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Smoking ban, millage increase pass
City Council puts two major issues to rest
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In what was probably one of the most anticipated City Council meetings of the year, our elected officials debated and voted on two of the most controversial issues of 2010 - the smoke free ordinance and a small increase in the millage rate.

If you happen to see a re-broadcast on the city government channel, this is a meeting worth watching, because there was no shortage of fireworks. Here are the highlights.

Mind the gap

The property tax increase became the centerpiece of a heated exchange in the City Council meeting on August 12, and it would ignite some passionate debate at last week's meeting as well.

When it came down to it, the increase passed by a vote of 6-3 with Jeff Felser, Mary Ellen Sprague and Clifton Jones voting against it. When it came time to vote, the board showing ‘yea' and ‘nay' votes for each Council member wasn't turned on, or wouldn't light up, so a vote was taken by raising hands.

Felser was the most vocal in opposing the measure, citing the shaky economy and the lack of effort to find other possible savings before raising taxes.

"Even when this passes, you're only buying four months," Felser said. "We're simply putting a band-aid on a gash that's opening."

Jones argued that raising taxes was the wrong thing to do considering how much time is spent discussing poverty in the city. He also raised the point that the budget shortfall could be paid for using another reserve fund the city held besides the Sales Tax Stabilization Fund.

The mayor offered re-assurance that with a focused look at the 2011 budget, the millage rate could return to 12.5 next year.

Due to declining sales and property tax revenue, the City was forced to find a way to close the $3.2 million gap in the current year's budget. The proposal set forth by Acting City Manager Rochelle Small-Toney involved a combination of measures, including a $1.2 million withdrawal from the Sales Tax Stabilization Fund and .5 mill increase in the millage rate, from 12.5 to 13.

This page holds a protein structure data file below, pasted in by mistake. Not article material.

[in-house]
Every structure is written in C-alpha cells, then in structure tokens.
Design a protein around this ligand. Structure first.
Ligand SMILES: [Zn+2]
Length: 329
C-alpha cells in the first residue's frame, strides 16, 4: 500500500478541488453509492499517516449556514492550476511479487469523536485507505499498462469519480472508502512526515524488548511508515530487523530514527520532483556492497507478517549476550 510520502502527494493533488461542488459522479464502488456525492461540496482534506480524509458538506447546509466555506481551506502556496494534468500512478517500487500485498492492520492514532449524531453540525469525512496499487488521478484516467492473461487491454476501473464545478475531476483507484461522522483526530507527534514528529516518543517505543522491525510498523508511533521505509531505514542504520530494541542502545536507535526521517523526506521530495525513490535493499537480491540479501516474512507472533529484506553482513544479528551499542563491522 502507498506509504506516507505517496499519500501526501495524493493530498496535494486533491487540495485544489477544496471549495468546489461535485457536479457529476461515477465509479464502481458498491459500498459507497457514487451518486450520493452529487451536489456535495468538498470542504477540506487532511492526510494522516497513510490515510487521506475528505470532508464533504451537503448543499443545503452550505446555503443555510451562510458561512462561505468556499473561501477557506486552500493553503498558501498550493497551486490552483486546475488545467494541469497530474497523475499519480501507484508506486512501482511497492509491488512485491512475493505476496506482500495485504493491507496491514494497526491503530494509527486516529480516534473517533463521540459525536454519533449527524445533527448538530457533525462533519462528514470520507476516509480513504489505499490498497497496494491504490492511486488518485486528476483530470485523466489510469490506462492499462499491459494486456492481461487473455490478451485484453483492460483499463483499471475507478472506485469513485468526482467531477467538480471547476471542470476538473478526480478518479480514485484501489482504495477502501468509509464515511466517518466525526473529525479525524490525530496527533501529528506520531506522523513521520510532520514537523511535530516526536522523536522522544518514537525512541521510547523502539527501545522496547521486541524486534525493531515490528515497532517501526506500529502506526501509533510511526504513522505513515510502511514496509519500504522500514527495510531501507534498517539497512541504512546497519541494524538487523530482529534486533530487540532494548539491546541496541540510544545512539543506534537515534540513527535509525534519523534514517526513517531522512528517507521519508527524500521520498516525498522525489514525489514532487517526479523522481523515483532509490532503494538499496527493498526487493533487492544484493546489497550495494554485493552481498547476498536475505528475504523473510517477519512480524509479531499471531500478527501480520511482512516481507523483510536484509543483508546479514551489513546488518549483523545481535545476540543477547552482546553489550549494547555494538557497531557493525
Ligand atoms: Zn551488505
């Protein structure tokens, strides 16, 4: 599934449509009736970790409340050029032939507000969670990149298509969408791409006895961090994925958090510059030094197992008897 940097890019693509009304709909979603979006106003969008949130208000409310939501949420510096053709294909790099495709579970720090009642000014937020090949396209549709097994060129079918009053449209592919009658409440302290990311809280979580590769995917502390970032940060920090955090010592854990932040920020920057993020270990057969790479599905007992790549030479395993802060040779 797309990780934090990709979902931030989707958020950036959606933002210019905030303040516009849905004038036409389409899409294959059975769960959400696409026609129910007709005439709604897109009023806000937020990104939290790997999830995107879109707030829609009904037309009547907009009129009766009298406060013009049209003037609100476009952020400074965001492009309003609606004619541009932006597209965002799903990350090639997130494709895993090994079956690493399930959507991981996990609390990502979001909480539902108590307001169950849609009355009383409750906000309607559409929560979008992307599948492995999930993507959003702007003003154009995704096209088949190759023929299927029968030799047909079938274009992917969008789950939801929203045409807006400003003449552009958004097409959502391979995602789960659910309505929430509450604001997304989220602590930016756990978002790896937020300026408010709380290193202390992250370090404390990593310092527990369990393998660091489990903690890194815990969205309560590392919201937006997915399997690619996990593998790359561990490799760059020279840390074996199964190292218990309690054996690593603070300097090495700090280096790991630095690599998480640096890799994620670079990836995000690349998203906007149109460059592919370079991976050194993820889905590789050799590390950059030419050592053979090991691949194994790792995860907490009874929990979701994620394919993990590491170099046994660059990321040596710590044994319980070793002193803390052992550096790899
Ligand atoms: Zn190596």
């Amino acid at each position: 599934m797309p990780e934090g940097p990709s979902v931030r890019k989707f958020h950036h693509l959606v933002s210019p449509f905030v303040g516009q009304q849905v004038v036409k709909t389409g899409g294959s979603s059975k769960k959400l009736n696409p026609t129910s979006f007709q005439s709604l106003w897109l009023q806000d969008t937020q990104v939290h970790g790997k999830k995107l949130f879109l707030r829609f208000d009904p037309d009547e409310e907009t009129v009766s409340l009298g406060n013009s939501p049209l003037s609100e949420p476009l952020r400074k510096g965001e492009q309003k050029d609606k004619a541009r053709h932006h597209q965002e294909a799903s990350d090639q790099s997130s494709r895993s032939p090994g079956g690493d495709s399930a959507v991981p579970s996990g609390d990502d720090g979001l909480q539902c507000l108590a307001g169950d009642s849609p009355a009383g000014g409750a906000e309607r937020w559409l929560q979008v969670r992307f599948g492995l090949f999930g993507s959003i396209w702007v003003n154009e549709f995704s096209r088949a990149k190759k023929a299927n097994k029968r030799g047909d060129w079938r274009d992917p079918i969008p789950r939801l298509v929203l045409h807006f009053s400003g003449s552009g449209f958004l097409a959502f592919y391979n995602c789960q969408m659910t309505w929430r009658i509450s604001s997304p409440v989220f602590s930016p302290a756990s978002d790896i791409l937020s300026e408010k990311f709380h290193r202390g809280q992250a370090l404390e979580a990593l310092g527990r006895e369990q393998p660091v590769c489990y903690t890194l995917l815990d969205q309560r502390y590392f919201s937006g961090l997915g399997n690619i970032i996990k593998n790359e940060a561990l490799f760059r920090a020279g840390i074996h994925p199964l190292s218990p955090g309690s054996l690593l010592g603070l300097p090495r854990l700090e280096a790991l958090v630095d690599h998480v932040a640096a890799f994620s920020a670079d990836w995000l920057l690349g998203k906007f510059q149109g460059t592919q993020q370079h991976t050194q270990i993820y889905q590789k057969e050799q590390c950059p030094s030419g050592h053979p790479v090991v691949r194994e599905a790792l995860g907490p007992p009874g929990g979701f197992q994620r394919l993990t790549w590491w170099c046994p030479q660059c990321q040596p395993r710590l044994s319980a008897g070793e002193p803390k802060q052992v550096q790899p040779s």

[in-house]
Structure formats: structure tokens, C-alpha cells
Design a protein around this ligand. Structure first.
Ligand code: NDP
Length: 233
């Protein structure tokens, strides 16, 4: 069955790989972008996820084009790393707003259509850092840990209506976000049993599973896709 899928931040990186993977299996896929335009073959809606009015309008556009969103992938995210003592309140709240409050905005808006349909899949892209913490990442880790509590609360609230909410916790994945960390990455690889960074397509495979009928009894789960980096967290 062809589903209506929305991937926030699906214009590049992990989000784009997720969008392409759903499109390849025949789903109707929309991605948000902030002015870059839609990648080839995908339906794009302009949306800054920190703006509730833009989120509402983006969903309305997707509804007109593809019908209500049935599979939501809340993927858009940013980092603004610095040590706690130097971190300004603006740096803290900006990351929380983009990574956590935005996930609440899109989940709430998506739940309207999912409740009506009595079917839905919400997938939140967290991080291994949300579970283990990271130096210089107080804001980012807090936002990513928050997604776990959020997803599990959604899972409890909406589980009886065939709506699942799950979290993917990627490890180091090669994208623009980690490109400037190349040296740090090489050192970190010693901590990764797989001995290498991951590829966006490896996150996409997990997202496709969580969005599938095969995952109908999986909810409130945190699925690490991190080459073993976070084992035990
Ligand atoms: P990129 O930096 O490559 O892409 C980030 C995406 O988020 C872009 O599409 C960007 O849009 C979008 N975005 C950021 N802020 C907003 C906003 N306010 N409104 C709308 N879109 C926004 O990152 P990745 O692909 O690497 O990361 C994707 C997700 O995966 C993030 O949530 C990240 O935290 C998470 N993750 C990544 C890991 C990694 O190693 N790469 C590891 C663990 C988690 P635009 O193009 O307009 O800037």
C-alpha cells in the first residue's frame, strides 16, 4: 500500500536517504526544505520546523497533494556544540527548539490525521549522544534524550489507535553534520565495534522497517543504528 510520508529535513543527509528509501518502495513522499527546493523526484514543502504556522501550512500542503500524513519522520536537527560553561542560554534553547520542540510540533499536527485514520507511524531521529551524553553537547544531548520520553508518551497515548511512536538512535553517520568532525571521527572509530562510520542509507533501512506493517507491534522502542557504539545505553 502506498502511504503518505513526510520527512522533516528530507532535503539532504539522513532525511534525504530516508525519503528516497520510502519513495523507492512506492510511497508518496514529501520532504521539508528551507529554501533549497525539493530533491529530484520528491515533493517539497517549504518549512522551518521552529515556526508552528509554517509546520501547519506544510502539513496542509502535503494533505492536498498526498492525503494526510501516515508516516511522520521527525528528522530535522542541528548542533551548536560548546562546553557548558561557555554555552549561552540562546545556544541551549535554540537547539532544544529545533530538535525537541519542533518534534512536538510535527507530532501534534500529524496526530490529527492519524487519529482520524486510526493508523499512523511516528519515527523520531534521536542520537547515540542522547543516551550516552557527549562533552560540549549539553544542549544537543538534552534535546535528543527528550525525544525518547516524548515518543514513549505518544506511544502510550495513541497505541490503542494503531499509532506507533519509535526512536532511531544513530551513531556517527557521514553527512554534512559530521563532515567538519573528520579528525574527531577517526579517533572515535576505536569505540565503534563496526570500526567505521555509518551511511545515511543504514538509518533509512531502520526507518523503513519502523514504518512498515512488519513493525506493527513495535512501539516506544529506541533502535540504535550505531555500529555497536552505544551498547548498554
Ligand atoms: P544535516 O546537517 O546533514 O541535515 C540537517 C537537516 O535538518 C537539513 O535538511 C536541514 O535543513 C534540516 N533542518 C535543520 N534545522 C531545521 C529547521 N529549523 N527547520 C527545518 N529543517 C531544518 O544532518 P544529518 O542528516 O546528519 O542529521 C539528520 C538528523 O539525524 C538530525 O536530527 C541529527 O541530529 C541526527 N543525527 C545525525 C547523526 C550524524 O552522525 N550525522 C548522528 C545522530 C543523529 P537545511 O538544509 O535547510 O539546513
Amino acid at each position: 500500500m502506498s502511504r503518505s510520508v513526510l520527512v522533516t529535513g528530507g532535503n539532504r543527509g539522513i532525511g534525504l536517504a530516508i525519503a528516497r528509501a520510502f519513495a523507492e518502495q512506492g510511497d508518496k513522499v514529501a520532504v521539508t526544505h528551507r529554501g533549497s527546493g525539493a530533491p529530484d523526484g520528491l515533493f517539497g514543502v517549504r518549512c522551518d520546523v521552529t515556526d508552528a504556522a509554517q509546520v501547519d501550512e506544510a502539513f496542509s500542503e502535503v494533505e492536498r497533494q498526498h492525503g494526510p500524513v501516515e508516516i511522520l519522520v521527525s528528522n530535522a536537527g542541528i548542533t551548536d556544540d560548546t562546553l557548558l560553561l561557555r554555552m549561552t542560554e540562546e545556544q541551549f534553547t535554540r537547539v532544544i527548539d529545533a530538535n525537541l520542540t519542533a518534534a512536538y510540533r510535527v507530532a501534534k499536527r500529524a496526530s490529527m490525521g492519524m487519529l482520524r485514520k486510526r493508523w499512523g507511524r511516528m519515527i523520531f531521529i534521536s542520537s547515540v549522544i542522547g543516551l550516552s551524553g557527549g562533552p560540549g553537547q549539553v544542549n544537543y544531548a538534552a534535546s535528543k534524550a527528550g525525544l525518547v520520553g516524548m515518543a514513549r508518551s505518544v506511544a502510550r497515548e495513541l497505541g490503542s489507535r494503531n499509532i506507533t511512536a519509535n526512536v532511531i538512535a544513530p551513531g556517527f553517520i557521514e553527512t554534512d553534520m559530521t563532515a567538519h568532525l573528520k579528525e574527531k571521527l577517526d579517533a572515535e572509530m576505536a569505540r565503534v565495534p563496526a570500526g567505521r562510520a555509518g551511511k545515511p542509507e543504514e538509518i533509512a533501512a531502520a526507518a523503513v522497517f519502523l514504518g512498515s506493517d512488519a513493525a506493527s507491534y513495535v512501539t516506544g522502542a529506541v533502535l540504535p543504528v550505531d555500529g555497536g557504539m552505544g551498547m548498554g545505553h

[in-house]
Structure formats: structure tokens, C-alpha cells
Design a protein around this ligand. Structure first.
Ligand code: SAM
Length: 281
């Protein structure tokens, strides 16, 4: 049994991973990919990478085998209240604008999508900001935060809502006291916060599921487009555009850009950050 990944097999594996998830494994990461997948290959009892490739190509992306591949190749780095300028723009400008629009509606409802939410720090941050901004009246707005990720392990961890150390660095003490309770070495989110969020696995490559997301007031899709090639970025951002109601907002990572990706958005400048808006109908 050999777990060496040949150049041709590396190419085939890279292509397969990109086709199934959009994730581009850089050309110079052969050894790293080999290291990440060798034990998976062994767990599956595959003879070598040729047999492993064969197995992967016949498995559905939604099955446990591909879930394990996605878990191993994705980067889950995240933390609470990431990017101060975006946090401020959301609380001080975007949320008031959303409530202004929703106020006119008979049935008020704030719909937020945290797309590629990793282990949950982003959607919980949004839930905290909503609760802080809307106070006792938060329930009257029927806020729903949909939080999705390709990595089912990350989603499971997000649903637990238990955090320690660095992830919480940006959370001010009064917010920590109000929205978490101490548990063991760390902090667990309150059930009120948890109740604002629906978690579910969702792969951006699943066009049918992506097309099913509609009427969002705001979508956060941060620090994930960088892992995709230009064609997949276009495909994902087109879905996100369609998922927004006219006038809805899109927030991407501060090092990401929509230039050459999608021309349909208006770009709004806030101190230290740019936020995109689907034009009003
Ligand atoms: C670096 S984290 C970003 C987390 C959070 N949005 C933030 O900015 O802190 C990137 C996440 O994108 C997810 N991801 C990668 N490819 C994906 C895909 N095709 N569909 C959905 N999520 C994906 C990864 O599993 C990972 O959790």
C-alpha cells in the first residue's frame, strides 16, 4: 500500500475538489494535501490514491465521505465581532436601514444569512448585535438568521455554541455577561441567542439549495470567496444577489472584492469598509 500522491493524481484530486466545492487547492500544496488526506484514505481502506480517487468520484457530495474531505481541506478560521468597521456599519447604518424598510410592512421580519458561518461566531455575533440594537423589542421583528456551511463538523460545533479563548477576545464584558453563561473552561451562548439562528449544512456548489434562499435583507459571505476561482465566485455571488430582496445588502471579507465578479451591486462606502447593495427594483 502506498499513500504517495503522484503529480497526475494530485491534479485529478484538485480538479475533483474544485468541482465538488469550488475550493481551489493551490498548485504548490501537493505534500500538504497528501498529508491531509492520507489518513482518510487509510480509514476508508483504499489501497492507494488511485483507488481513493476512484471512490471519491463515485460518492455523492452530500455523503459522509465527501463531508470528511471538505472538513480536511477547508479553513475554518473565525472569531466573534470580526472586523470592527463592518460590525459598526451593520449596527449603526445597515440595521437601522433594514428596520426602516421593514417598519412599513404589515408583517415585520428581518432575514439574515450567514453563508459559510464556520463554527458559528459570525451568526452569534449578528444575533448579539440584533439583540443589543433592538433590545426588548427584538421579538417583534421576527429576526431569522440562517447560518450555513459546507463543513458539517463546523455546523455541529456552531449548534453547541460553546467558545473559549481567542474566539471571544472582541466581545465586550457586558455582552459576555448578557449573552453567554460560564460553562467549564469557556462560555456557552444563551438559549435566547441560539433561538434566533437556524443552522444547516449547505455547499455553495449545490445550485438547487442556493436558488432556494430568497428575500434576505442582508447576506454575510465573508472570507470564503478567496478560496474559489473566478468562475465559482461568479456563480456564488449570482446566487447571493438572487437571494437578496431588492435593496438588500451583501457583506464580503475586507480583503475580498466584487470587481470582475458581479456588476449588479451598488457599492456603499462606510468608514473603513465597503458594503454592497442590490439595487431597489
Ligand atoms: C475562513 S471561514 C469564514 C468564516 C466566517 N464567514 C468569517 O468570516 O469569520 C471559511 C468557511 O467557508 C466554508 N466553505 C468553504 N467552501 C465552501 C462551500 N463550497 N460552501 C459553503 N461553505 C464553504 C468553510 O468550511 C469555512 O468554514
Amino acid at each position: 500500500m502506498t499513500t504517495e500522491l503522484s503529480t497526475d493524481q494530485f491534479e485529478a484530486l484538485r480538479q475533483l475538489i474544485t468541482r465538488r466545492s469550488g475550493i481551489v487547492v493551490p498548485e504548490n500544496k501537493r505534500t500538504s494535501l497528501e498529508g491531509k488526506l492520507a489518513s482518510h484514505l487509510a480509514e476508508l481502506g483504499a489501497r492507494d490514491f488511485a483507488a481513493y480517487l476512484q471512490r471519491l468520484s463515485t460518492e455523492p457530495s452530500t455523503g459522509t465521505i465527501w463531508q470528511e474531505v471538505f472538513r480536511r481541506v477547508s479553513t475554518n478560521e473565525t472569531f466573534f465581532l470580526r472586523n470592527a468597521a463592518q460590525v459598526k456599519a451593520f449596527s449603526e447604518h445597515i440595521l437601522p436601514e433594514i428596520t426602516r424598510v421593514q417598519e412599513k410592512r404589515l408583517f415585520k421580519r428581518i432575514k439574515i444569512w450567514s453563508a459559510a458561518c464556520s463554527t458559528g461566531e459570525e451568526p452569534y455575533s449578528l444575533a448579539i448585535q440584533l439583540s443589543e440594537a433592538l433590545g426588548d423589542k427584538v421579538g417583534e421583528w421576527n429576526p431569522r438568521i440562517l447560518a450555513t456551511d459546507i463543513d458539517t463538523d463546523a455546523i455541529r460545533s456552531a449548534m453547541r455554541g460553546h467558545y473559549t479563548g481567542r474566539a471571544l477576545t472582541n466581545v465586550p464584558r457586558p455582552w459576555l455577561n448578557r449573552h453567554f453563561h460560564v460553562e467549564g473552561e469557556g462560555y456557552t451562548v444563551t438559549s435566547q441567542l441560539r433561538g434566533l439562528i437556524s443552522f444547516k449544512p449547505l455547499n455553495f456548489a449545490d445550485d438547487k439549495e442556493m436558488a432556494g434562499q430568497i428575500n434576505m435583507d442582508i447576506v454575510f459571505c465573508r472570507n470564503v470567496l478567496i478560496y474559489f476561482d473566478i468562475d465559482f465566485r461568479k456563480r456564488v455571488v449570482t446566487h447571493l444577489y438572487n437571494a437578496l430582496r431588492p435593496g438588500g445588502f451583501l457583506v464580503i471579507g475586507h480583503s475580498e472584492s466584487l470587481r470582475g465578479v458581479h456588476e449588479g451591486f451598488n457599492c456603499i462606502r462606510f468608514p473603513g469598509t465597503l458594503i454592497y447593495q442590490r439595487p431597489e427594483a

"Combining these strategies will allow us to continue our services," said Small-Toney.

Quitting for New Year's

After several heated public meetings, and countless phone calls, emails and letters from people on both sides of the issue, council passed an amended version of the smoke free ordinance by a vote of 7-2. The new rule, which will end the centuries' old tradition of smoking in Savannah's bars, will take effect on January 1, 2011.

Clifton Jones and Mary Osborne voted against the ordinance.

Osborne took a vocal stance against the ordinance, saying it was "restricting freedom of choice."

Jones added, "I know this will pass, but I hope it doesn't put us in a position to lose revenue."

In one of the most poignant comments of the afternoon, Tony Thomas said that the fervor of debate and level of effort that went into the smoking ordinance pointed out "a basic problem in our society."

"There's never been as much energy put to stopping poverty as their has been about cigarettes in bars," said Thomas.

There were several amendments made to the ordinance before the final vote. Business owners will be allowed to define "reasonable distance" when the recommended 10-foot distance requirement is not possible.

The effective date was pushed back to New Year's day, after both 30 and 90 days were deemed too abrupt.

Also, an exemption was carved out for some restaurants with outdoor seating. Any restaurant with outdoor seating equaling 50 percent of indoor seating can offer 20 percent of outdoor seating as a smoking section.

The Healthy Savannah Initiative has gotten a $25,000 grant from the Georgia Department of Community Health to help businesses with signage and fliers about the ordinance.